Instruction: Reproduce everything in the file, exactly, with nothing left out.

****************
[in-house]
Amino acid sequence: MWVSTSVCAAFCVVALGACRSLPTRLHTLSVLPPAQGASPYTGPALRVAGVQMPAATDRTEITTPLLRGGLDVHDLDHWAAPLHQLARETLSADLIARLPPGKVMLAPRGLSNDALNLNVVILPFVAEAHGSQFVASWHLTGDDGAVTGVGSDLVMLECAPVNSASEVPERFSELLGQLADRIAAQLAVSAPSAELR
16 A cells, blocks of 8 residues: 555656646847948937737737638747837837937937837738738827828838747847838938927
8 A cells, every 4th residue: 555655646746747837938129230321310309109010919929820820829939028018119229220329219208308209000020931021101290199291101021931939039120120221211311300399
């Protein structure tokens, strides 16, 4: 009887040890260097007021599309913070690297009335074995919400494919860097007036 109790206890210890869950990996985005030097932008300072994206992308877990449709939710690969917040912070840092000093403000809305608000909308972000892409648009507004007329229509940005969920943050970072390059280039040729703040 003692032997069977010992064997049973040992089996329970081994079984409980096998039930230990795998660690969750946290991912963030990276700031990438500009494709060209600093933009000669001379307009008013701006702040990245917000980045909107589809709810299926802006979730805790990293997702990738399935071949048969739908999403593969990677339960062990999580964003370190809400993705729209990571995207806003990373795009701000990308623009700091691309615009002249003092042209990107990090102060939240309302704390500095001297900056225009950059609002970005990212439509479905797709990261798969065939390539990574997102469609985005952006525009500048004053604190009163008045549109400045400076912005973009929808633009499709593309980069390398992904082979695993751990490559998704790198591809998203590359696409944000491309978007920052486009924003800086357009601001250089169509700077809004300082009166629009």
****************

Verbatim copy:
[in-house]
Amino acid sequence: MWVSTSVCAAFCVVALGACRSLPTRLHTLSVLPPAQGASPYTGPALRVAGVQMPAATDRTEITTPLLRGGLDVHDLDHWAAPLHQLARETLSADLIARLPPGKVMLAPRGLSNDALNLNVVILPFVAEAHGSQFVASWHLTGDDGAVTGVGSDLVMLECAPVNSASEVPERFSELLGQLADRIAAQLAVSAPSAELR
16 A cells, blocks of 8 residues: 555656646847948937737737638747837837937937837738738827828838747847838938927
8 A cells, every 4th residue: 555655646746747837938129230321310309109010919929820820829939028018119229220329219208308209000020931021101290199291101021931939039120120221211311300399
């Protein structure tokens, strides 16, 4: 009887040890260097007021599309913070690297009335074995919400494919860097007036 109790206890210890869950990996985005030097932008300072994206992308877990449709939710690969917040912070840092000093403000809305608000909308972000892409648009507004007329229509940005969920943050970072390059280039040729703040 003692032997069977010992064997049973040992089996329970081994079984409980096998039930230990795998660690969750946290991912963030990276700031990438500009494709060209600093933009000669001379307009008013701006702040990245917000980045909107589809709810299926802006979730805790990293997702990738399935071949048969739908999403593969990677339960062990999580964003370190809400993705729209990571995207806003990373795009701000990308623009700091691309615009002249003092042209990107990090102060939240309302704390500095001297900056225009950059609002970005990212439509479905797709990261798969065939390539990574997102469609985005952006525009500048004053604190009163008045549109400045400076912005973009929808633009499709593309980069390398992904082979695993751990490559998704790198591809998203590359696409944000491309978007920052486009924003800086357009601001250089169509700077809004300082009166629009």